November 1984 // Volume 22 // Number 6 // Feature Articles // 6FEA2

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The Public's View of Energy Education

How does the public rate Extension as a source of information on energy use and energy technologies? What are the preferred methods to disseminate such information? This Arizona study presents some answers.

Donna R. Iams
Assistant Professor of Home Economics
School of Family and Consumer Resources
University of Arizona-Tucson

Mari S. Wilhelm
Assistant Professor of Home Economics
School of Family and Consumer Resources
University of Arizona-Tucson

The Extension Service, for several years, has been aggressively providing information about energy use and energy technologies. Since Extension's goal is to provide information that will benefit the consumer's decision-making process rather than product or service promotion, the consumer's reaction to that form of information is important.

This research, therefore, was done to determine how past and future consumers of household energy-saving features perceived Extension as a source of energy information relative to other sources of information. A second purpose of this study was to determine which methods consumers believed were most effective for disseminating energy information.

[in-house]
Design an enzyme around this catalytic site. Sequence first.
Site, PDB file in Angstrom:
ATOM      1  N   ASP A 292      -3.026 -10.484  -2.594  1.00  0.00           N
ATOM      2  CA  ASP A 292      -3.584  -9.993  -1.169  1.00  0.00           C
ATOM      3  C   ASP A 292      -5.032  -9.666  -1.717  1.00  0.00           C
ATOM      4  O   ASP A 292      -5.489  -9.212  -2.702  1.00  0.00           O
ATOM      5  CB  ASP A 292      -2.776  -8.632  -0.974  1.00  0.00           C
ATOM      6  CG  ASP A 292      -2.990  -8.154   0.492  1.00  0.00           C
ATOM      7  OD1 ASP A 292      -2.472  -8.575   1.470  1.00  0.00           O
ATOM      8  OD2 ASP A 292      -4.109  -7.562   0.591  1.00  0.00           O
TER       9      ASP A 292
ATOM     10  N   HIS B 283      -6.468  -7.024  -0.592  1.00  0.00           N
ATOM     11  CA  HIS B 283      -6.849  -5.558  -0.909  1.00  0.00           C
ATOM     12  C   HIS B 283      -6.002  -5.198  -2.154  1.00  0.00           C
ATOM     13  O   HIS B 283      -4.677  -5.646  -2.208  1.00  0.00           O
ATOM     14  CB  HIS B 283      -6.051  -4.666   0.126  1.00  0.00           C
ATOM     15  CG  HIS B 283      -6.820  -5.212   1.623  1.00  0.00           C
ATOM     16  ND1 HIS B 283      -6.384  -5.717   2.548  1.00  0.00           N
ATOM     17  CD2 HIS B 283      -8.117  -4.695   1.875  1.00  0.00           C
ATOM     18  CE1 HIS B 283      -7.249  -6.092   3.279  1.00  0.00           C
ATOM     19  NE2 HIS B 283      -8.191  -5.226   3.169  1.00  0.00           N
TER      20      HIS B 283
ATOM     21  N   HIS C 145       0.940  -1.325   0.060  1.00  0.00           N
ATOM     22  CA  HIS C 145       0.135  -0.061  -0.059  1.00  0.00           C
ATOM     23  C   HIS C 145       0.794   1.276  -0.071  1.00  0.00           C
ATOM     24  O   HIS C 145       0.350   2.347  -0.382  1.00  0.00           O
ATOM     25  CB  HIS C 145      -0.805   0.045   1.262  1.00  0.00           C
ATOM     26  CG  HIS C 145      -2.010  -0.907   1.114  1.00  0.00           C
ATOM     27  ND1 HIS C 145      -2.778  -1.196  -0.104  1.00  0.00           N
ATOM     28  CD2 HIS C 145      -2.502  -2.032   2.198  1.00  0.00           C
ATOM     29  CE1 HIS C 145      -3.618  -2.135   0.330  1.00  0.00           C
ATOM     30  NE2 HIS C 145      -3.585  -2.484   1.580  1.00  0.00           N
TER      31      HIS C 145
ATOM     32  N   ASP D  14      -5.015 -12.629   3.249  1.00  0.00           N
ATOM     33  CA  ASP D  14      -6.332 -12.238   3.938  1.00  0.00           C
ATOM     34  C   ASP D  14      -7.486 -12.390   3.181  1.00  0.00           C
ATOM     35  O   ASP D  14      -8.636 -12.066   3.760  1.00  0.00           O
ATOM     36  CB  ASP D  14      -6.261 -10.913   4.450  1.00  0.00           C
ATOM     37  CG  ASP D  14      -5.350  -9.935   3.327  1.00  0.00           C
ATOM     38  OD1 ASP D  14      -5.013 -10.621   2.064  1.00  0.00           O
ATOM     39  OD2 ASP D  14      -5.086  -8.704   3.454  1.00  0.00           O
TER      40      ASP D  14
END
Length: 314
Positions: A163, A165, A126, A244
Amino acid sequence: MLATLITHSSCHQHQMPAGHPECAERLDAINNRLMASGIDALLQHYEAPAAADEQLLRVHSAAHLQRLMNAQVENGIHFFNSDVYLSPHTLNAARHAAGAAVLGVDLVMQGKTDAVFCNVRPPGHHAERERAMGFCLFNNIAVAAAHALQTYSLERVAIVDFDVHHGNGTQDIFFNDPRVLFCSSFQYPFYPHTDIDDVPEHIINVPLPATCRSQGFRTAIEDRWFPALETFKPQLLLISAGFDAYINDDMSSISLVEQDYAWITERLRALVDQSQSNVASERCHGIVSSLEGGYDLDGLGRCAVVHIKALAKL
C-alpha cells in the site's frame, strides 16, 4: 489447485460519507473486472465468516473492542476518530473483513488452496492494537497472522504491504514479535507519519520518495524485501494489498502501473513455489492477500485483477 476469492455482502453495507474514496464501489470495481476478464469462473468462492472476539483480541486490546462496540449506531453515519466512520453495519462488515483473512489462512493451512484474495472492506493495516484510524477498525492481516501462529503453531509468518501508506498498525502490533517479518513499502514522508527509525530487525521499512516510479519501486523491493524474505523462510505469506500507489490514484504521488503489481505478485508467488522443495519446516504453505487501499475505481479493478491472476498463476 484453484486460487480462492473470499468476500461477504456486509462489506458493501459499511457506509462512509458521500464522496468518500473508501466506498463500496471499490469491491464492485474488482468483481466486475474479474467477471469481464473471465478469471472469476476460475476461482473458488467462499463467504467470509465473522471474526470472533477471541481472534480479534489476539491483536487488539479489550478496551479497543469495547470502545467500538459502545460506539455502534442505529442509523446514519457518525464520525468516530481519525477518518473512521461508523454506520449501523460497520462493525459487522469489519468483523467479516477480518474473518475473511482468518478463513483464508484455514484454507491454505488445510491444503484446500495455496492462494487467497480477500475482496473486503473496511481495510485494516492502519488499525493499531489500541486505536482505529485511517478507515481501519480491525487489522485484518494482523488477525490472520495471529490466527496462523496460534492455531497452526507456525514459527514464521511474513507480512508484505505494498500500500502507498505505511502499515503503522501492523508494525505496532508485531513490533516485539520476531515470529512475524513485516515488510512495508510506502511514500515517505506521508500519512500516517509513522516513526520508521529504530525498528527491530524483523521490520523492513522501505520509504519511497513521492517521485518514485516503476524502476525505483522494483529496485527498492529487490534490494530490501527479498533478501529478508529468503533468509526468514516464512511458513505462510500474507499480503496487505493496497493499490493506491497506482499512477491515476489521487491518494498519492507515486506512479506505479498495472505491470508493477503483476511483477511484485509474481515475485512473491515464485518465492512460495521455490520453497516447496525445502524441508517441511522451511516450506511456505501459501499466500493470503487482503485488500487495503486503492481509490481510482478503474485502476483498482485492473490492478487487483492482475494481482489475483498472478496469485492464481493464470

... The results of this study indicate that the consumers have in the past and should in the future continue to view Extension as a leader in energy information.

The Sample

During the summer of 1981, 814 (63% response rate) mail questionnaires were returned from adult members of Arizo- na households as part of a Western Regional Development Center project.1 The sample was equally divided into rural and urban residents with names and addresses randomly selected from the 1981 telephone directories.2 Multiple mail-out procedures were employed using the Total Design Method.3